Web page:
Tue 25-Dec-12 12:40 AM | edited Tue 25-Dec-12 12:44 AM by nwms
I don't print very big that often, but when I do 12mp has been good enough for me. I think this question also depends on what type of photography a person does.
For example, most of my professional work is photographing people and I've noticed that the crispness from higher megapixel cameras aren't too great for portraits. It's the same problem we are seeing with high definition televisions that can also show every flaw or pore on a person's face. This crispness and detail is great for landscapes, but in my opinion it's terrible for portraits.
It's kind of hard to explain to anyone who hasn't noticed the difference. My D700 images have a sharp but smooth look to them whereas images I see from the D800 and other high megapixel cameras have that high definition crispness that can look overly sharp at times.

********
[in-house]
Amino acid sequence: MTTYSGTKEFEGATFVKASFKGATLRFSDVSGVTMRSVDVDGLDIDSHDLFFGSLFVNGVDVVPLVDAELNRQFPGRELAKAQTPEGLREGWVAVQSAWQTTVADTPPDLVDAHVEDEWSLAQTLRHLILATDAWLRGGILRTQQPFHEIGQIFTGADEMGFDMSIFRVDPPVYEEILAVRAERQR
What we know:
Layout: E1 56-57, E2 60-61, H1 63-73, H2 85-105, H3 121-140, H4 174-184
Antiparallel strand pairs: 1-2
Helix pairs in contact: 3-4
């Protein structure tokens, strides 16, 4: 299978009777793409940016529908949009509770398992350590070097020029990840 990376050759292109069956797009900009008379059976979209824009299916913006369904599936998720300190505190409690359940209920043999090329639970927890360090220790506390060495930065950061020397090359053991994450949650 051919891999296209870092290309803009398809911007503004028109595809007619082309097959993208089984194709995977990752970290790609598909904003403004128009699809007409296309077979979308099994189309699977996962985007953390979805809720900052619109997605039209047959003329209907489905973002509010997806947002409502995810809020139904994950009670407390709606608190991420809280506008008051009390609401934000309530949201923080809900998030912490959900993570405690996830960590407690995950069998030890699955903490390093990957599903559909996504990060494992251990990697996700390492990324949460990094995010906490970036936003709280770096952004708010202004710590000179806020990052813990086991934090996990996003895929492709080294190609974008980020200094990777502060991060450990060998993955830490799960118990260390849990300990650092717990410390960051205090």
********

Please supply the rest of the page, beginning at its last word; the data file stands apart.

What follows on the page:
Ideally I would like to have two types of cameras. One low megapixel camera that specializes on that sharp but smooth look I'm talking about and just specialized on a higher image quality in general. For example, I keep waiting for the day when my ISO 6400 image looks as good as my ISO 100 images.
I would then get a second camera that specializes on high megapixels and pixel peeping crispness for when I need to do landscapes or anything else that requires a lot of pixel detail. Nikon started to do that for us when they had the D3 and D3X, but now with the D600 and D800 it is like we are forced to have the higher megapixel or don't buy an upgrade. At least the D4 only went to 16mp.
I'm just worried that with Nikon and Canon's race for more megapixels they're overlooking what happens to the look of images when they keep adding megapixels.